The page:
Texaco Pipeline to Resume Operations / Timing of Flood Damage Minimized Effect on Energy Futures
Robinson, Robin, THE JOURNAL RECORD
Flooding caused by heavy rains in May damaged the Basin System, which is owned by Texaco, Arco Pipeline Co. and Shell Pipe Line Corp. The pipeline transports crude oil from New Mexico, through Wichita Falls in West Texas, across the Red River to Cushing, Okla..
Heavy floods also damaged Arco's pipeline transporting crude oil between Best, Texas, and Ringling, Okla., and the Amoco Pipeline Co. pipeline transporting natural gas liquids from the company's West Yantis, Texas, natural gas processing plant.
However, beyond the initial effect of pushing July contracts for energy futures higher during two days of trading last week on the New York Mercantile Exchange, the effect will be minimal, said Bo Poats, director of research at the Energy Futures Group.
The exchange requires crude oil futures contracts to specific price based on delivery to Cushing, a point where several pipelines transport crude oil from the Gulf Coast and New Mexico meet and transfer the supply to pipelines reaching the northeast and midwest.
Storage facilities at Cushing, the timing of the flood and the use of procedures allowing traders to deliver crude oil to locations other than Cushing all minimized the effect of losing 215,000 barrels of crude oil per day, Poats said.
The June contracts for crude oil had to be made by May 25. If the flood had occurred on May 20, the market would have been "scrambling for crude oil," Poats said.
In the past several months, the market was experiencing tightness as purchasers looked for domestic barrels, he said. If May had been no different and the flood had been a week earlier, the reduced supply would have a stronger effect upon the supply.
The flood "caused some price support for a few days, but despite the fact that crude stocks on land are falling, there's plenty of crude on the water," Poats said, referring to import supplies.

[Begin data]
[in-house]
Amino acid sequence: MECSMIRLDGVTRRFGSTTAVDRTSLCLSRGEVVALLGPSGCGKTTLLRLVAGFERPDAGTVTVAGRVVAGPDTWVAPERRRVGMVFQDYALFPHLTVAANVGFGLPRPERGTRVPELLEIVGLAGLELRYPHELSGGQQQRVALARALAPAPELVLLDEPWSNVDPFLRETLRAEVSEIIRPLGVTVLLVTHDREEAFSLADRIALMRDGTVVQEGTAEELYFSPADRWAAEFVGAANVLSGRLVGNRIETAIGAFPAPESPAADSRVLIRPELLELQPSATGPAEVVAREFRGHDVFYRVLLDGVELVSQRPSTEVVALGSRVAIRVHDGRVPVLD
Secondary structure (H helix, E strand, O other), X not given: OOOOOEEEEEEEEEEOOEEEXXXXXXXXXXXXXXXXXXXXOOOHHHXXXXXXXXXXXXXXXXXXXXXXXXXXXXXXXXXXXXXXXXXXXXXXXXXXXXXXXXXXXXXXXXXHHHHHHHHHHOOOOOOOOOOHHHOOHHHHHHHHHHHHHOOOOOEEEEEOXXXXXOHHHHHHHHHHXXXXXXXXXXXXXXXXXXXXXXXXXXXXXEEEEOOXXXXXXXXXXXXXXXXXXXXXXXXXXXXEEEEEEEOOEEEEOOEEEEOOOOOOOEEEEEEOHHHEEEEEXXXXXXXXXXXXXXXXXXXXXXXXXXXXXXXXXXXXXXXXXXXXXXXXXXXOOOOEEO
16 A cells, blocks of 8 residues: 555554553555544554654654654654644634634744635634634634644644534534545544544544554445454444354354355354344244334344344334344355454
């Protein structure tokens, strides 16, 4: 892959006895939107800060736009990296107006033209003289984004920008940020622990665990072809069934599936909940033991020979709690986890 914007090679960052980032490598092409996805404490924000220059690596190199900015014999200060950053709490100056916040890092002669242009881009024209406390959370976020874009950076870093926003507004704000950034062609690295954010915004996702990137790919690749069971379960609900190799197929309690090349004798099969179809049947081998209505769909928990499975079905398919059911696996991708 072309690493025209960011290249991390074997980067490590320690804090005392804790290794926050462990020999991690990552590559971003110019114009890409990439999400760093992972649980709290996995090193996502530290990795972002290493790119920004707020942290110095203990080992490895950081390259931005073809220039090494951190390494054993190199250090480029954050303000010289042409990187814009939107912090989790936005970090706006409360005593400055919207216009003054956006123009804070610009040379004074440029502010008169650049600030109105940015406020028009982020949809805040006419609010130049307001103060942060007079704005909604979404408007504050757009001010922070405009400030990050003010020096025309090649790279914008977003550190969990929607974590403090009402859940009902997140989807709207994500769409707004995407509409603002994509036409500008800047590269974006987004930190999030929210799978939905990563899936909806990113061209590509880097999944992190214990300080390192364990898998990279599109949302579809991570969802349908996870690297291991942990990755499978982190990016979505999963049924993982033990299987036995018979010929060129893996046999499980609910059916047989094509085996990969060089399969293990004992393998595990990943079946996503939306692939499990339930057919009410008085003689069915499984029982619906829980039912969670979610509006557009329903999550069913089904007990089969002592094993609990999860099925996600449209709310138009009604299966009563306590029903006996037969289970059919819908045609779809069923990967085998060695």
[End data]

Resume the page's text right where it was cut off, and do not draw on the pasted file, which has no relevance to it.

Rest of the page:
"It dampens the potential impact," he said.
"Maybe it will have a 10 percent effect" on the crude oil supply delivered to Cushing, Poats said.
The initial estimated cost to repair the damaged portion of the Basin System was $250,000, said Dan Stevens, manager of public and government affairs for Texaco.
The system was damaged on the north side of the Red River in Cotton County, when the flooding water rechannelled the river and washed the supporting soil from under the pipeline on May 30. The line will be buried in a trench below the channel caused by the floodwaters, Stevens said.
At the time of the flood, the 24-inch pipeline was running at 55 percent capacity, or 215,000 barrels of crude oil per day, Stevens said. Total capacity is approximately 425,000 barrels of crude oil per day.
Though the company's storage facility at Cushing has below normal levels of inventory, "it hasn't posed a problem for us," Stevens said.
Between 2,000 barrels and 10,000 barrels of crude oil spilled into the river.
The Environmental Protection Agency conducted a helicopter fly-over Saturday noting crude oil patches in areas where the water had receded, said Karen Brown, a spokesperson in the agency's Dallas office.
Because of the flow and the turbulence of the river, the damage from that size spill was minimized, Brown said.
"The oil emulsified and stuck to oil particles and tree roots," Brown said. "As the river calms down and there's more heat - sunlight - the the binding of the oil will break, the oil will be released from the soil and will surface. …